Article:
B Y   T O M   T O R T O R I C I   

Back in ancient Greece, Aristotle offered his students some smart tips about how to persuade their fellow humans.

If your modern business website happens to includes his three modes of Classical Rhetoric to help convert your visitors, the ancient philosopher would surely approve. And perhaps be impressed with himself at the millennium-spanning durability of his lessons.

Classical Rhetoric is all about persuasion, and bringing people around to a certain way of thinking. It’s been an enduring component of everything from academic debates to political speech to, yes, convincing folks to pony up cash for our products and services.

So what are those three rhetorical approaches? They’re called Ethos, Logos, and Pathos. Are you already using them on your website? Let’s see.

Ethos: The trust factor

This issue, as applied to our contemporary world of commerce, concerns whether a particular online seller of wares is ethical, or trustworthy. Nobody buys from a vendor they don’t trust, right?

You’ve seen sites with appeals like, “the company you can trust.” But coming from the company itself, that’s a pretty superficial and ineffective application of the principle.

That’s why we include what we now call ‘social proof’ on our sites. Enthusiastic testimonials, a list of well-known clients, four-and-a-half star rankings, and Social counters all stand as independent (and hopefully positive) assessments of the quality of our products and the ease of acquiring them.

A blog full of genuinely helpful insights and information can also help elicit trust, because you’re offering folks something valuable before asking for anything in return.

Logos: The logic factor

No, we’re not talking about graphic brand identity here. This is about whether the arguments in favor of your product really make sense.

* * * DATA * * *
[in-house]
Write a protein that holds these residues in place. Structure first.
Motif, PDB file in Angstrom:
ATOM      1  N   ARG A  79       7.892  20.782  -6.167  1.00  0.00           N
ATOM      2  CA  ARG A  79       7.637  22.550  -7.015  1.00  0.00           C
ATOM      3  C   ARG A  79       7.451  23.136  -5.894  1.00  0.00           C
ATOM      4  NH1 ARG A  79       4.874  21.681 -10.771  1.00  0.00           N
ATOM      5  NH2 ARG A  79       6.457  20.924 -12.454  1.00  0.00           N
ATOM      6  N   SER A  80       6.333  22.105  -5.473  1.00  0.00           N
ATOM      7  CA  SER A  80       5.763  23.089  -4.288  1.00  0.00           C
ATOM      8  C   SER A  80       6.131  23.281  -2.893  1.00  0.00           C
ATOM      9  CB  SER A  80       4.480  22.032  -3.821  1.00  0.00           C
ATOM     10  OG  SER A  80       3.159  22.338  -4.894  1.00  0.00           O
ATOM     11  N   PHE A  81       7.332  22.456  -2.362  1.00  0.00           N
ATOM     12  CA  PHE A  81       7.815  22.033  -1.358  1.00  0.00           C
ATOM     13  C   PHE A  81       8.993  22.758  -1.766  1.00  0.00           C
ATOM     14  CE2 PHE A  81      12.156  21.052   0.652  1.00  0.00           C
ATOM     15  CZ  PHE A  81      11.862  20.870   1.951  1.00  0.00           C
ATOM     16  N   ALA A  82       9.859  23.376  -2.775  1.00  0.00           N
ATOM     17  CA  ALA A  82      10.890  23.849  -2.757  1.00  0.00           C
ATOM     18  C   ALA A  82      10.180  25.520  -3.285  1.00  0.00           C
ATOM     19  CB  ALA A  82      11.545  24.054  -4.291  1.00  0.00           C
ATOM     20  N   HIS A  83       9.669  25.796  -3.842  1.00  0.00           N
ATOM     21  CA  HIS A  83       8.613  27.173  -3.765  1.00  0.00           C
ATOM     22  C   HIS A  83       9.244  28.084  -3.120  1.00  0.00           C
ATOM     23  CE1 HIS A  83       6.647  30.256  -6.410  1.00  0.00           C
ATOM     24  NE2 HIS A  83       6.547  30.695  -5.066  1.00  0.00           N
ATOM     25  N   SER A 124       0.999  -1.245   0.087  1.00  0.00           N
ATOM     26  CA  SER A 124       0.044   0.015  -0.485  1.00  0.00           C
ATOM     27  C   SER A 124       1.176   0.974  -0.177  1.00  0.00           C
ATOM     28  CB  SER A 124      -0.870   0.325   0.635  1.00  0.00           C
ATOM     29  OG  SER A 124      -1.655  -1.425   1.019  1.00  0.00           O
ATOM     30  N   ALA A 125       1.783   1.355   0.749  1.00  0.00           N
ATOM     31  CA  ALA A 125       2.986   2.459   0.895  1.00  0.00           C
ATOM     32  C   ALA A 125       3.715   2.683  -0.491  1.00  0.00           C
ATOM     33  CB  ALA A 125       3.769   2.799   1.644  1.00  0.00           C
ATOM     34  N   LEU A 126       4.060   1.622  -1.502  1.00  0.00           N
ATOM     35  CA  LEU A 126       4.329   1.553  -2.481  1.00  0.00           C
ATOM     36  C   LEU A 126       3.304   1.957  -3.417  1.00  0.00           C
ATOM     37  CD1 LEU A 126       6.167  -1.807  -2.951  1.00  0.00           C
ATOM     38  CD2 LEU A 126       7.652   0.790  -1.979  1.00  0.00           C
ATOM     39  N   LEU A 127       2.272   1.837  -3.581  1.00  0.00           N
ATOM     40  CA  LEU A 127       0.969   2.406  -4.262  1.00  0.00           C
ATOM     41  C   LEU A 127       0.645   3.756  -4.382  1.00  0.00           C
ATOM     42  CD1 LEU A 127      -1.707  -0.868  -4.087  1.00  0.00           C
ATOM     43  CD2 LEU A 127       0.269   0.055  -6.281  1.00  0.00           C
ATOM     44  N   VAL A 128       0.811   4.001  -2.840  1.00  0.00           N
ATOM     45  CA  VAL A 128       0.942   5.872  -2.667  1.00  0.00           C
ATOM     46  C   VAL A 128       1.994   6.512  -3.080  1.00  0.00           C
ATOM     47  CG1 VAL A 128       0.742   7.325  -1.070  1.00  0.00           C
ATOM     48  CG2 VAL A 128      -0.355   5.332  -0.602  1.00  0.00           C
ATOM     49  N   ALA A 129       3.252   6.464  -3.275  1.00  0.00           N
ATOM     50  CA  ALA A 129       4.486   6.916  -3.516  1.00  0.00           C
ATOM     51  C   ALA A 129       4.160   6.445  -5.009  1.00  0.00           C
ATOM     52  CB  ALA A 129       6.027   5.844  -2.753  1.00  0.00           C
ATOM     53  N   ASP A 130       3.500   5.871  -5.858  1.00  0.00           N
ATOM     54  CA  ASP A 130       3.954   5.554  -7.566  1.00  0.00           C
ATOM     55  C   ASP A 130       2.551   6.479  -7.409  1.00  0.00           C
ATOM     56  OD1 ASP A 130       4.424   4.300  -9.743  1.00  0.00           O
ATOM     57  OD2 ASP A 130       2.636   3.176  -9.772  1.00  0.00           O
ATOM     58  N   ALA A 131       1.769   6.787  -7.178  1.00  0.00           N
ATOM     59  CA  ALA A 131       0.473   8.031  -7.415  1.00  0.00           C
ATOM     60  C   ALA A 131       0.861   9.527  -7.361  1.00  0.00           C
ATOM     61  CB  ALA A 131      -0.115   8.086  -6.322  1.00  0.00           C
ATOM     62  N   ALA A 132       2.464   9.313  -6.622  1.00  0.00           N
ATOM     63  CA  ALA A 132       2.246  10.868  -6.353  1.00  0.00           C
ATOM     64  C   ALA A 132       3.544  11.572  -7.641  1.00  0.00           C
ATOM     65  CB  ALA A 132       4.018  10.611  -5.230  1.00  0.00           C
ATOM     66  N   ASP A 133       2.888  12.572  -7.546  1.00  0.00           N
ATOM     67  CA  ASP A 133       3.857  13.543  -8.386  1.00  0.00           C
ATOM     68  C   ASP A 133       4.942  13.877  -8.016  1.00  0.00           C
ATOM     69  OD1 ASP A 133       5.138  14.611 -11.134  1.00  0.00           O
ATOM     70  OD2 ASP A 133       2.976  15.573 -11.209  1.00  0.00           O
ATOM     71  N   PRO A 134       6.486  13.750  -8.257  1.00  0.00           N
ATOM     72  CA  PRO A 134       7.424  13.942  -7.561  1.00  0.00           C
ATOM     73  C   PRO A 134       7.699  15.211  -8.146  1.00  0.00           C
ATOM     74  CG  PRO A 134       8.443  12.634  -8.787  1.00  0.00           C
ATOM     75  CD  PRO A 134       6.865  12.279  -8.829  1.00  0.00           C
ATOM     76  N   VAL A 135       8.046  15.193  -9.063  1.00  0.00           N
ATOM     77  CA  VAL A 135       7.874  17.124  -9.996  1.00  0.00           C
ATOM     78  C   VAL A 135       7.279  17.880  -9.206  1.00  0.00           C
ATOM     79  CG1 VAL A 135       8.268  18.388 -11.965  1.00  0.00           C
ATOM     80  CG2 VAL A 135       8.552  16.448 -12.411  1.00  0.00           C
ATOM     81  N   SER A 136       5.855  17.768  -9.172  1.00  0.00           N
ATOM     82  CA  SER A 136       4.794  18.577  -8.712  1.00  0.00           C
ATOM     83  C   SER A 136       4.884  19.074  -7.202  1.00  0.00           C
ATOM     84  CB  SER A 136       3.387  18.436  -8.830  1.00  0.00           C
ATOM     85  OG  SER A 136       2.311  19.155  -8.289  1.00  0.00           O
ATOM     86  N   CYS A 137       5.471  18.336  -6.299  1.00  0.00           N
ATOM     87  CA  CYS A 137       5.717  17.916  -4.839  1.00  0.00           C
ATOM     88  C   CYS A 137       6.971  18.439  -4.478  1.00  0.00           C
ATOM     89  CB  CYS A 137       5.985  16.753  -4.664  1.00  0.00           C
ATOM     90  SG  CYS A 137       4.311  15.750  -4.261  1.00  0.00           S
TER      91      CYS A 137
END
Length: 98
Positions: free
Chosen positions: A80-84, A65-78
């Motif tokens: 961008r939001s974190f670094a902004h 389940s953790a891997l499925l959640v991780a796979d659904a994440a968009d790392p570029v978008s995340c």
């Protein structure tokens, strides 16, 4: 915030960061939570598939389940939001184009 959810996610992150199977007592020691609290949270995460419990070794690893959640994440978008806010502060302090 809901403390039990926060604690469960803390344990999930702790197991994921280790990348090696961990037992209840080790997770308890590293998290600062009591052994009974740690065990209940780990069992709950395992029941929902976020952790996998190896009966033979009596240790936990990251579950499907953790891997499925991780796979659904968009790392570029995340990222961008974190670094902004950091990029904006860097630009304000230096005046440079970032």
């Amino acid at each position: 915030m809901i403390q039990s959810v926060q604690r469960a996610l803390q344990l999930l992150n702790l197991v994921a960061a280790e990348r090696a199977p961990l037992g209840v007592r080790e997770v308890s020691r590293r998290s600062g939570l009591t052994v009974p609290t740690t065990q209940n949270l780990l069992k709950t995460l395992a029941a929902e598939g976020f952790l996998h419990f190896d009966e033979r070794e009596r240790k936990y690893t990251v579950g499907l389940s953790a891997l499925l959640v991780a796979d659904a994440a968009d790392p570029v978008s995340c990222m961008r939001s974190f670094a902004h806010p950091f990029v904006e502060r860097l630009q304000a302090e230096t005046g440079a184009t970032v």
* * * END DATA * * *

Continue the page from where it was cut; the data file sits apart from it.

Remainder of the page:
Plenty of sites make vague promises and claims, and we’ve learned to tune those out. So, simply signing up for your company’s sales training course will make me wildly rich and successful? Really?

Smarter marketers take their readers step-by-step, making logical arguments that lead the buyer to a logical conclusion about the real-world benefits of the product or service offered. The sequence might go something like this: an acknowledgement of person’s goal > the obstacle that’s keeping them from that goal > the type of solution that would overcome that obstacle > the company’s unique specialization in just that type of solution.

For the logic angle to work, we need to start with a deep of understanding the prospect’s predicament, how they see their options, and the other real-world factors that affect their decision.  

Pathos: The emotion factor

If you look closely enough, you’ll realize that just about every buying decision has an emotional component. Surprisingly, that’s true even in most B2B buying scenarios.

We are emotional creatures, and while logic is important, it’s often not enough to seal the deal. That’s why a purely technical explanation of a product can make our eyes glaze over, with our money remaining in our pocket.

Apple’s Think Different campaign didn’t talk about hardware features and benefits – it simply made Apple buyers feel special in their own unique approach to the world. The cosmetic company L’Oreal once fed us the line, “It costs a little more … but I’m worth it.” Wow. They started charging more than their competitors, and were still outselling them. That’s what a truly sensitive and insightful appeal to emotion can do.

Again, this can only work if we drill deeper into mindset of the people buying the product, vs. the mindset of the people selling it.

Take advantage of an old Greek guy.

Well, maybe modern online marketers use Aristotle’s principles of Classical Rhetoric in slightly different ways than he originally intended. But he’s been dead for quite a while, so no harm done.

Trust. Logic. Emotion. They’re just three little words, but skillfully applying those lessons can motivate people to move mountains for you.

Sure, you might have your own way of selling on your company’s website. But will people still be talking about your approach in a couple of thousand years?


Get In Touch. And together, let’s persuade the heck out of those nice humans who land on your site. 


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Tom TortoriciAbout the Author:  Tom Tortorici is an Atlanta copywriter and web content writer who helps companies make a genuine connection with their audience. His classes and conference presentations have focused on how writing, strategy and design can work together to grab attention and interest even among readers with short attention spans. In addition to working directly with businesses, Tom regularly partners with web designers and marketing agencies.

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Tom Tortorici Inc. | Tom@TomTortorici.com | 770-934-7861 | 3101 Rockaway Rd | Atlanta GA 30341